Walking up the stairs at the Athenaeum and finding yourself locking eyes with a Donald Trump painting is fairly unexpected. It drives home the relevance of this Jonathan Larson masterpiece. Whether it’s AIDS or inequality, the younger generation will always be battling against the odds they’ve been given.
This production of RENT is the 2017 Graduating Class of the Federation University Music Theatre degree. It’s an exciting production to see because you’re watching the beginnings of a legion of performance careers.
Adrienne Chisholm’s set is immediately immersive, with the performance utilising the full space. Props flying in and out allow for more floor space, and with such a large cast that’s critical. The actors even interact with some audience members, so be prepared to walk into Alphabet City when you go to this show. These characters are in their habitat, you’re just visiting.
Daniel Agar as Mark is commanding and endearing and carries the show with apparent ease. Jonathan Reeves as Roger shines with a sensitive and expressive performance of “One Song Glory”. These two have delightful chemistry throughout.
Jonathon Shilling’s Angel is mesmerising. Shilling has an experienced air about him and projects the gentleness of Angel incredibly. Billy Sloane brings Collins’ earnest persona to life with a beautifully round voice.
Laura Morrisby brings a particularly emotive side to Mimi, with a potent death scare scene and impressive vocal skills. Jolan Walker brings the right air of arrogance to his divisive Benny, allowing for a believable transformation into a softer man throughout the show.
Madeline Pratt’s provocative Maureen is the centre of attention and Pratt demands your eye as she makes the stage hers, allowing the intricacies of a kooky character to be charming. Elise Lewis rounds out the principle cast with her controlling yet loving Joanne, giving an expressive and strong performance.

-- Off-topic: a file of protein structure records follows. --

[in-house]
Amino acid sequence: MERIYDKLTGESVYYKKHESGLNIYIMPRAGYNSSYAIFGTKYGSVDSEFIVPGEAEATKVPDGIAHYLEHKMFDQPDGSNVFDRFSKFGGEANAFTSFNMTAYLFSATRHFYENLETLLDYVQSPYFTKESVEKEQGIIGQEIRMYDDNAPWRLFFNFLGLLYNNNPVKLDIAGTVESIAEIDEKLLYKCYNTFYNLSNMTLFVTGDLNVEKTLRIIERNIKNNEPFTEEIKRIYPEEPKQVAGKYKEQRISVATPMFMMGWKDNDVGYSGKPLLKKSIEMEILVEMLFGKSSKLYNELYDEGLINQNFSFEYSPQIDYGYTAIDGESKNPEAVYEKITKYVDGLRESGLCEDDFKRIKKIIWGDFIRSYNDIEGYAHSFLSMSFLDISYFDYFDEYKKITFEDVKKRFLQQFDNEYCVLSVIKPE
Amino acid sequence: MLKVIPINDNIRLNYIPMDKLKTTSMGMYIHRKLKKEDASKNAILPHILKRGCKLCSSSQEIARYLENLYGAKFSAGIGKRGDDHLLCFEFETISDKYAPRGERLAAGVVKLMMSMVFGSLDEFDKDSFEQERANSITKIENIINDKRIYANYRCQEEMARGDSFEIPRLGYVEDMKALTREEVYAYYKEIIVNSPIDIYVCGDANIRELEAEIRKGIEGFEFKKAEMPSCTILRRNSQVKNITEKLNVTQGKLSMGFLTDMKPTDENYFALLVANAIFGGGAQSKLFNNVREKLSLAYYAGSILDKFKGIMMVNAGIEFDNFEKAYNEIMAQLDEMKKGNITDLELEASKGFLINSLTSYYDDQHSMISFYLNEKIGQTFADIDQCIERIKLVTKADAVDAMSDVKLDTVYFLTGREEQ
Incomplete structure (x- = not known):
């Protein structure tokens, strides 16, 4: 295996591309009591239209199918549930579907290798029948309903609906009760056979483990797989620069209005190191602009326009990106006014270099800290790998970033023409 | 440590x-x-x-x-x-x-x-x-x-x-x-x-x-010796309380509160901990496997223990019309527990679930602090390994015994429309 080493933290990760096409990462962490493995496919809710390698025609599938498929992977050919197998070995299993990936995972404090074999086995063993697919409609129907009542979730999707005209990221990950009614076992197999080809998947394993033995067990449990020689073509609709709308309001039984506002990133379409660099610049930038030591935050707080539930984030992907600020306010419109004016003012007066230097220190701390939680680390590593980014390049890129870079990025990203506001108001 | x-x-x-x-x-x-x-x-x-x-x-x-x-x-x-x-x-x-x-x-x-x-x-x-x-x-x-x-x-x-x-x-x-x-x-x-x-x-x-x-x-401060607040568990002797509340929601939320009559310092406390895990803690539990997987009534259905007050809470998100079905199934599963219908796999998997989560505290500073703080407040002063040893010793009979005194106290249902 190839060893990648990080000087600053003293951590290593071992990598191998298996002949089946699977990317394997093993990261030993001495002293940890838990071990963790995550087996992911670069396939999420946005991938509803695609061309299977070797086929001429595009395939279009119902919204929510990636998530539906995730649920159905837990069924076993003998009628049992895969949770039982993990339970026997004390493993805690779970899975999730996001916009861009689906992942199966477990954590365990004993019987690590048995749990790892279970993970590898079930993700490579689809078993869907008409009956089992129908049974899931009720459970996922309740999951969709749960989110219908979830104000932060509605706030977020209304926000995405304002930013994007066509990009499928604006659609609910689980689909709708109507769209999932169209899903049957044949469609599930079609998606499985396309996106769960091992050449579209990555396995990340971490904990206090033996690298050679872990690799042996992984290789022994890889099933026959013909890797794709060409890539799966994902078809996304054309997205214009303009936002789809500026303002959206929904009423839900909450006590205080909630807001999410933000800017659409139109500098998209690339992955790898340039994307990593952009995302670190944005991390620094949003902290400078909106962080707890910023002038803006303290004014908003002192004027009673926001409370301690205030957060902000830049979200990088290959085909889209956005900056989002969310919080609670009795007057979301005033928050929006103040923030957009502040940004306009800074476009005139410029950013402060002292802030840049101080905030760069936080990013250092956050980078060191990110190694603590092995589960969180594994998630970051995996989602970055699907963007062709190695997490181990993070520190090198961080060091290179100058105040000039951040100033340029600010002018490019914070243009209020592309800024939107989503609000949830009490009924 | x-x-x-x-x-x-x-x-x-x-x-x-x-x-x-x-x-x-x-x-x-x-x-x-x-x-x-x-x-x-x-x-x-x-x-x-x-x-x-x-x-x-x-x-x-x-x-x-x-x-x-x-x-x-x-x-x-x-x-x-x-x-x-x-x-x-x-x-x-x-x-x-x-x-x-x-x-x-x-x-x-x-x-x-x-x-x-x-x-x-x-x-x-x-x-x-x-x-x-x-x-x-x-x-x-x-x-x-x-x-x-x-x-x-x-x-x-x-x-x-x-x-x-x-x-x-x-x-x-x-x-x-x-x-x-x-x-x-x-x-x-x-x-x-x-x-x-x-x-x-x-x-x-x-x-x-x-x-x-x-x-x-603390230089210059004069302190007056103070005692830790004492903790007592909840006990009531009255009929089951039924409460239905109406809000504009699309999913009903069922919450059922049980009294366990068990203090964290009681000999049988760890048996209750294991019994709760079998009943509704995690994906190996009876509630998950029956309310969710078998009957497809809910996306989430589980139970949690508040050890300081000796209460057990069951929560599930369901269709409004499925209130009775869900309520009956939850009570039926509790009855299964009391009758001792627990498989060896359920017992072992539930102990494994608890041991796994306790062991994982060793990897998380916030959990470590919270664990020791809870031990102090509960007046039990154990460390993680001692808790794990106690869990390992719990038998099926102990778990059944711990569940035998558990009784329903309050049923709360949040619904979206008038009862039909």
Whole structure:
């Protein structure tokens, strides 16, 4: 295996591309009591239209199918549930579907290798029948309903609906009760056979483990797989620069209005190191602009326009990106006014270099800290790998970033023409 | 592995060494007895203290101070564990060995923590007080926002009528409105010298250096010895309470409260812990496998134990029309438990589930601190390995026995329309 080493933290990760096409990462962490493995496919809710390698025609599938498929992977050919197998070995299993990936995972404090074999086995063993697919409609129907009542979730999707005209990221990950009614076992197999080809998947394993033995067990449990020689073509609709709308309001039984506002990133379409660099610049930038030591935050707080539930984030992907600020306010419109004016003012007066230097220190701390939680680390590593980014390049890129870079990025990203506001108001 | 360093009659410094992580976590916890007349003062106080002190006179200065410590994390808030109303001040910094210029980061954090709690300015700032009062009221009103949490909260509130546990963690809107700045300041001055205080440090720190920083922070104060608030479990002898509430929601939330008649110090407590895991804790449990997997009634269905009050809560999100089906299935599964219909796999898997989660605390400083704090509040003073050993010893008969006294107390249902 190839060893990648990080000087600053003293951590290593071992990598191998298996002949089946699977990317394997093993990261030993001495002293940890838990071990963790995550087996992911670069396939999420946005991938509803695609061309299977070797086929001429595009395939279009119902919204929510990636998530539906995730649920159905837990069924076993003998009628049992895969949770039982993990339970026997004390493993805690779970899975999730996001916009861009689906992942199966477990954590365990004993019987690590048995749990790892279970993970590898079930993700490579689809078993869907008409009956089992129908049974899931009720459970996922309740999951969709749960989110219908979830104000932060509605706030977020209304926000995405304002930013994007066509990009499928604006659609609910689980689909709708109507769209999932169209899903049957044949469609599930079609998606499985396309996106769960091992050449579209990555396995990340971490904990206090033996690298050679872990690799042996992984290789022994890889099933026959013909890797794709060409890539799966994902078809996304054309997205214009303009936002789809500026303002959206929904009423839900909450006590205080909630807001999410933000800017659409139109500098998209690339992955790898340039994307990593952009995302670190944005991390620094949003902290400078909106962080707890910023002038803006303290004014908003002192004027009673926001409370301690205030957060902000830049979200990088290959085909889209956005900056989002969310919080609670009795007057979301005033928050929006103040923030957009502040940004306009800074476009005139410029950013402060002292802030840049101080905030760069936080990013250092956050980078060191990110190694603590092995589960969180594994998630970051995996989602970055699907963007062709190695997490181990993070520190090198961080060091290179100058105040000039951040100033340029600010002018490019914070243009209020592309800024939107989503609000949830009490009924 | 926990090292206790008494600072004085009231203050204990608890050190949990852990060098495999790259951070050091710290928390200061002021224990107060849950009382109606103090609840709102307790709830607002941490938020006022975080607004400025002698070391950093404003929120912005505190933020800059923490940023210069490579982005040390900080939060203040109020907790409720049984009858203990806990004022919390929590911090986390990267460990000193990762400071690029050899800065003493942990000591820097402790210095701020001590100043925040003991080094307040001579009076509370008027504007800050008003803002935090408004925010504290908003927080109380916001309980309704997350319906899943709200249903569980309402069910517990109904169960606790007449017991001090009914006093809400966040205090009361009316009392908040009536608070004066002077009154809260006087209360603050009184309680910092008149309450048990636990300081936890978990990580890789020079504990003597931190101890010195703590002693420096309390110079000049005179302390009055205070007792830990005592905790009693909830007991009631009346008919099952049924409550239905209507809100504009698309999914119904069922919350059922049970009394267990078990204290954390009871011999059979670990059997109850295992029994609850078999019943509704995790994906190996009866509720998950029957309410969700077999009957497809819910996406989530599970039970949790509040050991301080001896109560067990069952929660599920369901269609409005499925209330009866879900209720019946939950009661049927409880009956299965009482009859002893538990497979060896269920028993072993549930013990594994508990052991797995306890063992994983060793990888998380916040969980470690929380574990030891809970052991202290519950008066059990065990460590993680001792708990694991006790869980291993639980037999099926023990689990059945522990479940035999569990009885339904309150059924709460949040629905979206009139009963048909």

‘Seasons of Love’ will always be the slower, touching moment of the show, and allowing the whole cast to be on stage made the sense of community shine through. ‘Tango Maureen’ brings a comic highlight with Agar and Lewis leading a tango dance number full of snappy twists and wit. ‘La Vie Boheme’ is wild and everything you’d expect from these underdogs. While some black-out transitions are clunky and could instead be used to explore these characters in their world, there’s usually always something to be inspired by or to look at.
The five-piece band bring Larson’s music to life brilliantly. Phillip Pietruschka’s sound mix is superb, letting the edgy rock vibes soar. Niklas Pajanti’s lighting adds a sublime layer of atmospheric dynamism, using string lights as well as the more typical stage lights. Cristina D’Agostino’s choreography emphasises the era incredibly well, giving plenty of opportunity for the cast to shine. Julia Spizzica’s costumes are crucial in communicating changes in scenes and characters, highlighting the importance of clothing on wealth and class.
There were a couple of mic drops and shaky follow spots but otherwise it’s a technically sound production. Occasionally the layout means actors have their backs to the audience and block visibility to the rest of the scene, but the naturalistic way of using the space calls for this. Having the full cast in this space at once can feel overwhelming at times, but it’s rare enough that it doesn’t dampen the overall impact.
This immersive, exciting and explicit production of RENT is a wonderful way to launch the careers of our upcoming theatre performers. It showcases authentic, complicated characters and lets these actors push themselves to new heights. This cast is full of interesting and unique performers, dedicating themselves fully to every aspect of this production.
A great touch of compassion is having donation buckets for the Victorian AIDS Council scattered throughout the area.
The Federation University 2017 Graduating Music Theatre Class’s production of RENT is on at Melbourne’s Athenaeum Theatre until 6 May 2017.
Photo credit: Jodie Hutchinson